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Reading is interacting!


We have often heard that reading is a solitary act, sometimes even a way to escape the world and connect with a world of a story, a character, or a universe. Yes, that's true and has many positive aspects.


But it's not just that. Consuming stories is (a lot) about interaction. First, the most obvious one, with the story itself and everything that happens on those pages or when you put on headphones to listen to one. But from there, a world of interaction opens up, or at least should open up. I talked about communities in an article last October, but I think it's worth talking a little more about it.


Other media already do this very well: we go to the movies with a friend or our love, gather friends to listen to music around the pool, or attend the concert of our favorite artist and participate in groups to discuss an episode about work-life balance from a podcast we love.

But what about books? Well, if you (and I hope your answer is a big YES) have had the curiosity or the habit of attending the latest book fairs, you know that the book is increasingly about communities. The same happens if you open YouTube, Instagram, or TikTok on your phone and search for a hashtag related to books.


We have some good examples of the power of community and interactions, and all the social aspects within the book world (and I'll focus on the book because for other media, this is quite obvious and clear). I'll mention some of them:


  • We always talk in the Brazilian market about the Darkside case, the publisher's ability to gather around it a legion of lovers of specific genres and, with that, create a group that not only is interested but buys, reads, interacts, reads again, and shares all of this. Along with the Darkside case, there's the case of Aleph, Seguinte, Galera, Trama, Alt, and many others. All are important in this mission, I just wanted to point out some of them without belittling any other 🙂


  • Book fairs: 10 days, hundreds of thousands of people, gathered in pavilions to do what (besides buying books)? Talk about books, interact, meet, find each other, get to know and be known. We take this and multiply it by all the other fairs that happen in the country, and it's another great example of community and interaction.


  • Content creators - formerly booktubers, now tiktokers. I'll assume you know what I'm talking about, but I'll reinforce: they are content creators, focused on the literary universe, gathering tens, hundreds of thousands of people to talk about: books. Reading, recommending, reviewing, commenting, talking... again, interaction and community.


  • The phenomena we had a few years ago of "influencers' books." The sales success is in the community that already existed around them and, being fans, bought the books. Most were debut authors and still sold much more than many veteran authors. Why? Community and interaction.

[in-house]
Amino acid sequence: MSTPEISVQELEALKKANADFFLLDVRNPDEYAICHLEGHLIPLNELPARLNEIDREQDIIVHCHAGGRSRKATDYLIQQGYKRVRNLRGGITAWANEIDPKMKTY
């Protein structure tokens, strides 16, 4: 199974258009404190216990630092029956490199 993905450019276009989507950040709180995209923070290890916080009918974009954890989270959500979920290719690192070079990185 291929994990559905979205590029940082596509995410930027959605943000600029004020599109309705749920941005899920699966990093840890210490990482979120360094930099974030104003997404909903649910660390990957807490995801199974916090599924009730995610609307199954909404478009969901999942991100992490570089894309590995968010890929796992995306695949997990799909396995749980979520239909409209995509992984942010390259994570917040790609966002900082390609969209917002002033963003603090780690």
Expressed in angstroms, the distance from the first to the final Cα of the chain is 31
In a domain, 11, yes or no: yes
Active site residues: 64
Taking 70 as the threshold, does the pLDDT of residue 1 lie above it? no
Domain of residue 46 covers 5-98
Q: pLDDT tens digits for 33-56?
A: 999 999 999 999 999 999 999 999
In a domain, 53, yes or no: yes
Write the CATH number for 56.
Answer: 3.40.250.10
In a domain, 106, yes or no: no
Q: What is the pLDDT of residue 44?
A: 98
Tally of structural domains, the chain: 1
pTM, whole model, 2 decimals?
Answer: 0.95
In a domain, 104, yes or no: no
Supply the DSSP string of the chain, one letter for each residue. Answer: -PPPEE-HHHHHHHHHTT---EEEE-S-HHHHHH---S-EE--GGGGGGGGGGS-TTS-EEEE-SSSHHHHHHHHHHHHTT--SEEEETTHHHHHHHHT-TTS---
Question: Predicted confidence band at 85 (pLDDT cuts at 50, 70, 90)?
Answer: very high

These are some cases to show how much we have today a movement that brings to the book something the book never had, not in this magnitude: the movement to take reading from the individual and bring it to the collective. This is very, very positive!


I'll tell a case here from Skeelo. Last year we launched our gamification within the app, where readers can do certain activities (enter the app, read an ebook, listen to an audiobook, rate a book), and in doing so, they earn nuts, which are our virtual currency, to redeem more books. Thousands of books have already been redeemed to read because people did what: read. Last Halloween, we created our first literary marathon, Skeeloween. We invited booktokers to choose a book of that theme and promote collective readings in the app, as well as other challenges, all around reading. Result: we had a historic record of readings on the Skeelo app. Focus on the community = more readings.


All this to say that reading more and more is about interacting. About leaving a solitary activity (seen by some as boring and tedious) for a universe that involves talking, exchanging experiences, gossiping, and interacting more and more! This is good for the book, for the authors, for the publishers, for the market as a whole... this is good for our tireless mission to create readers, develop the habit, and maintain this passion.


So, if you can, focus on interaction. Because a story is meant to be spread, discussed, talked about... to generate interaction and conversation.

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